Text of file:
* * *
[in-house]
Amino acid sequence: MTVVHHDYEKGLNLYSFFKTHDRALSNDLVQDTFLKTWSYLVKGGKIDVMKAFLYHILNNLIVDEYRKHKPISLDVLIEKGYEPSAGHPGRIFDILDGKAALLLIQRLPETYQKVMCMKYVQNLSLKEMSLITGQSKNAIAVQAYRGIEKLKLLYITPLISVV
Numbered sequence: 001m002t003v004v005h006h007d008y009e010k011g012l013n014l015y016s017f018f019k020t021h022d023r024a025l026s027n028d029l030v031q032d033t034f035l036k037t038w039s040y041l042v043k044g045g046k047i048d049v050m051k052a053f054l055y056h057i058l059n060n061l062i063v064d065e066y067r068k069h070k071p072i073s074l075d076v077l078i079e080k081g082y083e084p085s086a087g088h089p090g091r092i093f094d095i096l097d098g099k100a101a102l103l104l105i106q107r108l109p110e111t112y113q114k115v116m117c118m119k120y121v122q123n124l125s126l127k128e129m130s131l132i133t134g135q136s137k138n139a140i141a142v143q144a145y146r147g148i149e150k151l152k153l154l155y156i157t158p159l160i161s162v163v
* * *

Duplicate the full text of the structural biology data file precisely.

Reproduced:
[in-house]
Amino acid sequence: MTVVHHDYEKGLNLYSFFKTHDRALSNDLVQDTFLKTWSYLVKGGKIDVMKAFLYHILNNLIVDEYRKHKPISLDVLIEKGYEPSAGHPGRIFDILDGKAALLLIQRLPETYQKVMCMKYVQNLSLKEMSLITGQSKNAIAVQAYRGIEKLKLLYITPLISVV
Numbered sequence: 001m002t003v004v005h006h007d008y009e010k011g012l013n014l015y016s017f018f019k020t021h022d023r024a025l026s027n028d029l030v031q032d033t034f035l036k037t038w039s040y041l042v043k044g045g046k047i048d049v050m051k052a053f054l055y056h057i058l059n060n061l062i063v064d065e066y067r068k069h070k071p072i073s074l075d076v077l078i079e080k081g082y083e084p085s086a087g088h089p090g091r092i093f094d095i096l097d098g099k100a101a102l103l104l105i106q107r108l109p110e111t112y113q114k115v116m117c118m119k120y121v122q123n124l125s126l127k128e129m130s131l132i133t134g135q136s137k138n139a140i141a142v143q144a145y146r147g148i149e150k151l152k153l154l155y156i157t158p159l160i161s162v163v